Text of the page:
The War On HumansWesley J. Smith
The environmental movement has helped produce significant improvements in the world around us — from cleaner air to the preservation of natural wonders such as Yellowstone. But in recent years, environmental activists have arisen who regard humans as Public Enemy #1. In this provocative book, Wesley J. Smith exposes efforts by radical activists to reduce the human population by up to 90% and to grant legal rights to animals, plants, and Mother Earth. Smith argues that the ultimate victims of this misanthropic crusade will be the poorest and most vulnerable among us, and he urges us to defend both human dignity and the natural environment before it is too late.
Named by National Journal as one of America’s leading experts in the area of bioethics, attorney Wesley J. Smith is a Senior Fellow of Discovery Institute’s Center on Human Exceptionalism and the previous author of books such as A Rat is a Pig is a Dog is a Boy: The Human Cost of the Animal Rights Movement, Consumer’s Guide to a Brave New World, and Culture of Death: The Assault on Medical Ethics in America. Smith also writes the popular Human Exceptionalism blog at National Review Online.
About the Author
Visit Wesley J. Smith’s blog Human Exceptionalism hosted by National Review Online.
Lawyer and award-winning author, Wesley J. Smith, is a Senior Fellow at the Discovery Institute’s Center on Human Exceptionalism. He is also a consultant to the Patients Rights Council and a special consultant for the Center for Bioethics and Culture. In May 2004, because of his work in bioethics, Smith was named one of the nation’s premier expert thinkers in bioengineering by the National Journal.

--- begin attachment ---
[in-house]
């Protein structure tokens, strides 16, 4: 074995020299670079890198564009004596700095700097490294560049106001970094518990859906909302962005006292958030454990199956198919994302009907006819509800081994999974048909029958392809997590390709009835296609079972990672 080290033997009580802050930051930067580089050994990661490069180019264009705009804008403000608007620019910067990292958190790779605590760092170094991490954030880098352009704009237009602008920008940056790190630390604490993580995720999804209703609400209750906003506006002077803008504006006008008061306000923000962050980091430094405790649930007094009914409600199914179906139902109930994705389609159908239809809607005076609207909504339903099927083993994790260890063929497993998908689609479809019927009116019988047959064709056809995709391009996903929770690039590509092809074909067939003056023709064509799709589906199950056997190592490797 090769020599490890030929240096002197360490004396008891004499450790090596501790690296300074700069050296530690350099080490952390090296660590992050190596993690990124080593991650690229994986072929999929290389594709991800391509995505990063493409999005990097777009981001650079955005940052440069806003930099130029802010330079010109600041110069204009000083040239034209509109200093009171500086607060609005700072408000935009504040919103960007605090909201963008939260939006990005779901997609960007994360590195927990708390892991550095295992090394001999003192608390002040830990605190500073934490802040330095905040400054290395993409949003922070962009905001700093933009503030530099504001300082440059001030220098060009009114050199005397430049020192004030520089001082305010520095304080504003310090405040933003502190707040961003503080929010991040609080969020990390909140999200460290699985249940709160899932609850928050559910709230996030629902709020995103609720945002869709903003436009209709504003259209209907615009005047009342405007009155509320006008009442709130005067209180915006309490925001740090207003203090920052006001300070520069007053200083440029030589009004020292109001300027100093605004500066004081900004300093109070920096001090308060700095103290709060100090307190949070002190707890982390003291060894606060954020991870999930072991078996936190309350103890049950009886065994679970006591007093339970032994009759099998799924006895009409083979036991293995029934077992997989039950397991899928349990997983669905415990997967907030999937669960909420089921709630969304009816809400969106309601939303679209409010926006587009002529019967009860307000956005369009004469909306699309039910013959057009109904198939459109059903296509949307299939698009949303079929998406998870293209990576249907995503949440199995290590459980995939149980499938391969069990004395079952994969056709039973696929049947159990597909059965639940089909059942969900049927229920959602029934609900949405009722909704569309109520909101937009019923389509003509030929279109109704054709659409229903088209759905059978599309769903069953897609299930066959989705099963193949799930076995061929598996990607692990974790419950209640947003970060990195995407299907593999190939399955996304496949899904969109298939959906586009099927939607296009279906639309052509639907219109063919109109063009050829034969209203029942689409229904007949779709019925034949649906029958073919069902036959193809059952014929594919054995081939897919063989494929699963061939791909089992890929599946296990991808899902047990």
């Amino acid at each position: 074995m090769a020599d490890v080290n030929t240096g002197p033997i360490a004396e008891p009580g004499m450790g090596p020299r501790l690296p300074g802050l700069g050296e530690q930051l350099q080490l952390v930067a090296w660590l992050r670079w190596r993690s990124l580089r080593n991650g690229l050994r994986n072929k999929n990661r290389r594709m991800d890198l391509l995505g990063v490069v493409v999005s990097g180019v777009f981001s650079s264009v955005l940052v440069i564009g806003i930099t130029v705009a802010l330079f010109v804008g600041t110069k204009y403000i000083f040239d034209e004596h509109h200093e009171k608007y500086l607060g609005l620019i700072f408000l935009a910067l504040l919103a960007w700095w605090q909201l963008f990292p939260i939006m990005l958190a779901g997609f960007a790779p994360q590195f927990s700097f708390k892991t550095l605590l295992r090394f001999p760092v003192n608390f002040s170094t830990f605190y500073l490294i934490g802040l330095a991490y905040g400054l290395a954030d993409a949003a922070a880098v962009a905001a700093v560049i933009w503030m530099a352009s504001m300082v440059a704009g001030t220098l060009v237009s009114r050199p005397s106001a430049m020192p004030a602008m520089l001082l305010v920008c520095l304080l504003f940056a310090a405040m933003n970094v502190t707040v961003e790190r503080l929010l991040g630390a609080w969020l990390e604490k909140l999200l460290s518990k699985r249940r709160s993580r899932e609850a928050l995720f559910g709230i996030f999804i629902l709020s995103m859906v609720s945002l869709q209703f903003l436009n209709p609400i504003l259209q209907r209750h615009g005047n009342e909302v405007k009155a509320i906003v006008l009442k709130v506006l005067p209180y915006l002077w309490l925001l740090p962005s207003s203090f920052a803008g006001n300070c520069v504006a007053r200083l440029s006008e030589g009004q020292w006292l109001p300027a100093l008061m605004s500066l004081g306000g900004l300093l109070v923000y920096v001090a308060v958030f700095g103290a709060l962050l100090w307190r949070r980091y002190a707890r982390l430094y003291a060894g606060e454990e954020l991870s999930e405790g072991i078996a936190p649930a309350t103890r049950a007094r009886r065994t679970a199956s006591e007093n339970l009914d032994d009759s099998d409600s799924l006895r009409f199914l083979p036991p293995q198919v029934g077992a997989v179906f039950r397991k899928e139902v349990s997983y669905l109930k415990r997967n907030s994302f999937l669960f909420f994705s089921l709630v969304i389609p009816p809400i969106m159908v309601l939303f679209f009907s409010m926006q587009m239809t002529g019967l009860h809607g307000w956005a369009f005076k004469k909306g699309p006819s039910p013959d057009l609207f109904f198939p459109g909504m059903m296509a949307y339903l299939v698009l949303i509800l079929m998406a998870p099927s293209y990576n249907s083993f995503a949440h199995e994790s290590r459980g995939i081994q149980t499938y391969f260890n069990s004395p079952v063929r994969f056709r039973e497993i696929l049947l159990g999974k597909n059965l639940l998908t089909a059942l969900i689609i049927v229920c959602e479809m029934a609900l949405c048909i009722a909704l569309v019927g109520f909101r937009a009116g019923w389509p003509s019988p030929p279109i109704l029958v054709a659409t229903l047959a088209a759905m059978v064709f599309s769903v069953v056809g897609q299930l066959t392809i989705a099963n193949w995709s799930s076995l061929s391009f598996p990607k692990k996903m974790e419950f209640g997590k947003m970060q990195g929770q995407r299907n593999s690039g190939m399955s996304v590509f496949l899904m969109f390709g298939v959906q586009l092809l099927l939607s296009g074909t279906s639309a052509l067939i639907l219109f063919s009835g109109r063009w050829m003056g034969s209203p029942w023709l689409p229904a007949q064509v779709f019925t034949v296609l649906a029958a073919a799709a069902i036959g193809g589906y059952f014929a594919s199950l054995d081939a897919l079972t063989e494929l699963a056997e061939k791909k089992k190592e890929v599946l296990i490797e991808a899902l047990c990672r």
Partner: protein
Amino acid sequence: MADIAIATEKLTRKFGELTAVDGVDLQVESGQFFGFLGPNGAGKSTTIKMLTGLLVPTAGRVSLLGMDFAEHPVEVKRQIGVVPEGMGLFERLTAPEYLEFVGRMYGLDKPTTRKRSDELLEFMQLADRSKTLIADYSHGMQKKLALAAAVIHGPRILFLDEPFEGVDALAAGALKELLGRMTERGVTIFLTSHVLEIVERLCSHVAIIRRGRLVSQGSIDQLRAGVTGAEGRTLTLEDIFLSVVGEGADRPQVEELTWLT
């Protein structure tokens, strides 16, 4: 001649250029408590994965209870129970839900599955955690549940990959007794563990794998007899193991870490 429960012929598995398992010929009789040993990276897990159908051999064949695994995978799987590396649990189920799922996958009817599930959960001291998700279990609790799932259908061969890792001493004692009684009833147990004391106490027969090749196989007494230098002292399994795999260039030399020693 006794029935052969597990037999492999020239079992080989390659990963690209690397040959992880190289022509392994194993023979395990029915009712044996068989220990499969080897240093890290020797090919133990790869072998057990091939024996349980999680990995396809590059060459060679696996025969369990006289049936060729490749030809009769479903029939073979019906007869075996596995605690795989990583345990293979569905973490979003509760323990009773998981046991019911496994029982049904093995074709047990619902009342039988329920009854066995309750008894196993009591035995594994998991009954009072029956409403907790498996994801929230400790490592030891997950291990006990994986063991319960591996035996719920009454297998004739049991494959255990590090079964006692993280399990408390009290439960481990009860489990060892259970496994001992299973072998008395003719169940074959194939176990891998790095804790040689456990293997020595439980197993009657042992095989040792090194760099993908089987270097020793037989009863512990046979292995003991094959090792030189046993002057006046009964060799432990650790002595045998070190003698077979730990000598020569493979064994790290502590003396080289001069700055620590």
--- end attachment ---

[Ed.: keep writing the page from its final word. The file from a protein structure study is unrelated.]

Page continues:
Smith left the full time practice of law in 1985 to pursue a career in writing and public advocacy. He is the author or coauthor of twelve books. His Human Exceptionalism blog, hosted by National Review Online, is one of the premier blogs dealing with human life and dignity
His latest book is the e-book The War on Humans, which exposes efforts by radical activists to reduce the human population by up to 90% and to grant legal rights to animals, plants, and Mother Earth. Smith argues that the ultimate victims of this misanthropic crusade will be the poorest and most vulnerable among us, and he urges us to defend both human dignity and the natural environment before it is too late.
If there were an international award for continuing to focus on and document cultural and political threats to basic human life and potential – I emphasize human — the winner would be Wesley J. Smith… [In The War on Humans] Smith has now written a riveting expose of this multi-dimensional assault on human beings that for life saving reasons — I kid you not — must be read by human beings beyond their political, religious, and all other affiliations.Nat Hentoff, Syndicated Columnist
The War on Humans is terrific. Within the world of benign and admirable conservation and ecological-awareness organizations, an irrational and misanthropic ideology has metastasized that in its fanaticism is as dangerous as the fascist and communist crusades of the past century. In The War on Humans, Wesley Smith succinctly exposes the “philosophy” and the aims of this movement, cites its deep unreason, and brilliantly extrapolates the horrors inevitable should it triumph. Sincere conservationists should be concerned if only because anti-humanist thinking has the power, in the social and economic destruction it would create, to discredit even those with humane and reasonable goals of conservation, preservation, clean water, and clean air.Dean Koontz, Bestselling Novelist
“It used to be said of certain kinds of scientific utopians that they loved humanity, but didn’t like any actual humans. Now many scientific utopians don’t even like humanity. Wesley Smith grasps the dangerous paradox of thinkers whose first step in exalting nature is to attack human nature. In order for nature to have ‘rights,’ it has become necessary for humans to have none. This is always the first step toward tyrannical dehumanization of real human beings. We owe much to Wesley Smith for keeping vigil against this deeply anti-human strain of modern thought, for issuing another timely warning before it is too late to avoid another self-inflicted humanitarian catastrophe.Steven Hayward, Visiting Scholar in Conservative Thought and Policy, University of Colorado, Boulder